Fiduciary Finance

Fiduciary Finance

Investment Funds and the Crisis in Financial Markets

Martin Gold

This multi-faceted analysis of institutional investment defines ‘fiduciary finance’ institutions as the third pillar of the financial system, alongside banks and insurers. It documents the role played by investment funds and the money management industry during the recent financial crisis, and provides an unashamedly critical review of the business disciplines which can dominate investment practices. It clarifies the economic significance of the investment industry (circa $60 trillion in assets) and the features which differentiate fiduciary finance from traditional financial institutions such as banks and insurers.

Chapter 8: Sustainable Investment Strategies and Fiduciary Activism

Martin Gold

Subjects: economics and finance, money and banking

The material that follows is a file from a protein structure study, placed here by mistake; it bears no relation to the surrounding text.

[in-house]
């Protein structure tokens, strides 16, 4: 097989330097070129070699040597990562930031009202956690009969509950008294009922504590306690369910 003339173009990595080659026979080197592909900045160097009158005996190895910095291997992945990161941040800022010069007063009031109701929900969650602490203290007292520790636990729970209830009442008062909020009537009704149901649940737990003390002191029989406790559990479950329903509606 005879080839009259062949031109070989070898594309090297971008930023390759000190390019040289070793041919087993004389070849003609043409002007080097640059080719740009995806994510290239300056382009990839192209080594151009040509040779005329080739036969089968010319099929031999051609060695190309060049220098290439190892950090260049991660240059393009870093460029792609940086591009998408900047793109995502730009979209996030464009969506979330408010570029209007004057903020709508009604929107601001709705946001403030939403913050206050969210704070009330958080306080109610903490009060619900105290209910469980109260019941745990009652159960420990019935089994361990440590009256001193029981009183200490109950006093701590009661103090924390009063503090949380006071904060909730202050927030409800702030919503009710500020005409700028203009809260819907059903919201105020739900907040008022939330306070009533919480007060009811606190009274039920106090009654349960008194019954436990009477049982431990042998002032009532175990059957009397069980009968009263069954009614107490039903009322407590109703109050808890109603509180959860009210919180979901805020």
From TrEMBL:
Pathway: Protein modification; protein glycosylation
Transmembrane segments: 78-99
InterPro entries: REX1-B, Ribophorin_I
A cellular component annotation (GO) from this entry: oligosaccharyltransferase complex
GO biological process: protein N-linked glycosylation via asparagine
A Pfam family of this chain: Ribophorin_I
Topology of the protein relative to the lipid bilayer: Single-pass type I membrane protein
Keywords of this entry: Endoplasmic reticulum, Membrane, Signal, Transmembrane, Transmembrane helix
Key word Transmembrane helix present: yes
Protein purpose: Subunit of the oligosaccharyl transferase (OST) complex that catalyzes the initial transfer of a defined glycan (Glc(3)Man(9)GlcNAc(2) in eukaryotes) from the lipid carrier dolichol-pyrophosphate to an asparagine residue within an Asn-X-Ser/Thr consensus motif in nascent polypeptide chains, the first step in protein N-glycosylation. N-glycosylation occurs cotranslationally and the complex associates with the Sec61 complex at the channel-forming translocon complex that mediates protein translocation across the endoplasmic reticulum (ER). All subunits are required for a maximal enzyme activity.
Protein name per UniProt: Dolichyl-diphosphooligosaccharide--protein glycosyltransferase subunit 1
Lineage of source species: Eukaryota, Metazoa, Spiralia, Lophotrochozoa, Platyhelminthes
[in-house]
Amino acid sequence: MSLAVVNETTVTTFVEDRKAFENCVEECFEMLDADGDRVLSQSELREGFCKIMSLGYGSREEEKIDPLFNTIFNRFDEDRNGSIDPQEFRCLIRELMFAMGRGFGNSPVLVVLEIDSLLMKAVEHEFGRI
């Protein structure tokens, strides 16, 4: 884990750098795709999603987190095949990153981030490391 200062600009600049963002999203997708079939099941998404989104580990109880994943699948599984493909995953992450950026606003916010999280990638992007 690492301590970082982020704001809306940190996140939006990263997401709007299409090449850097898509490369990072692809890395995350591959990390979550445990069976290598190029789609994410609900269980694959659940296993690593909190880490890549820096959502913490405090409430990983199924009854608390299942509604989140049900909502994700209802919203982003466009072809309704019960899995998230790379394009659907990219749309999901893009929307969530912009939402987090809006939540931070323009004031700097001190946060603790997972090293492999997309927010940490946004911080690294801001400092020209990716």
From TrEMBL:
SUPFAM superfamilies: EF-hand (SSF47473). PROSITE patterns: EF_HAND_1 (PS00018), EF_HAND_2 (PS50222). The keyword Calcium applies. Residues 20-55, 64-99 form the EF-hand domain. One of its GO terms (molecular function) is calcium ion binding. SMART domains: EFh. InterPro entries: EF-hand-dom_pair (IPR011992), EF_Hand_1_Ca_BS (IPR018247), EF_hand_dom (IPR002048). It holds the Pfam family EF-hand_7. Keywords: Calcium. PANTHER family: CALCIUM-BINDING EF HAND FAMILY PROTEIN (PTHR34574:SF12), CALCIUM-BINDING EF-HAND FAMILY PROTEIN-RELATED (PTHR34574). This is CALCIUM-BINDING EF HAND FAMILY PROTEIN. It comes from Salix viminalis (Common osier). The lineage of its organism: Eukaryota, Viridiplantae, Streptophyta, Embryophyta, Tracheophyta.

INTRODUCTION Because financial fiduciaries are substantial shareholders in companies, stakeholders expect them to act effectively as change agents, especially in relation to corporate governance, social and environmental issues. Unlike the industry’s ‘in-house’ debate about active versus passive investment approaches, which remains unresolved, some pension funds and investment managers have taken a high-profile stance in advocating corporate governance reforms and embracing environmental and social responsibility. By highlighting environmental concerns (especially greenhouse gas emissions) and seeking engagement with the corporate sector on sustainability concerns, the fiduciary finance industry has been situated at the forefront of passionate political debate and heightened stakeholder aspirations. The United Nations Environment Programme Finance Initiative (UNEP FI), a high-profile collaboration between the UNEP and over 190 market participants (investment managers, financial institutions and pension funds), exemplifies stakeholders’ expectations that fiduciary finance is an effective agent for changing corporate practices. Although more recent emphasis has been placed upon corporate engagement and climate change, it is important to acknowledge that the fiduciary finance industry has traversed considerable ground in developing and marketing ‘ethical,’ ‘socially responsible’ and ‘sustainable’ investment strategies. Investment managers have responded to market demands and incorporated non-financial aspects into their investment processes. The fiduciary finance industry is subject to regulatory and principles-based initiatives to make sustainable investment strategies – which emphasize themes of corporate engagement and non-financial factors – a mainstream aspiration, despite limited empirical evidence of their economic benefits. The labeling of these non-standardized strategies has raised consumer protection concerns in the Australian retail market. Industry professionals have...

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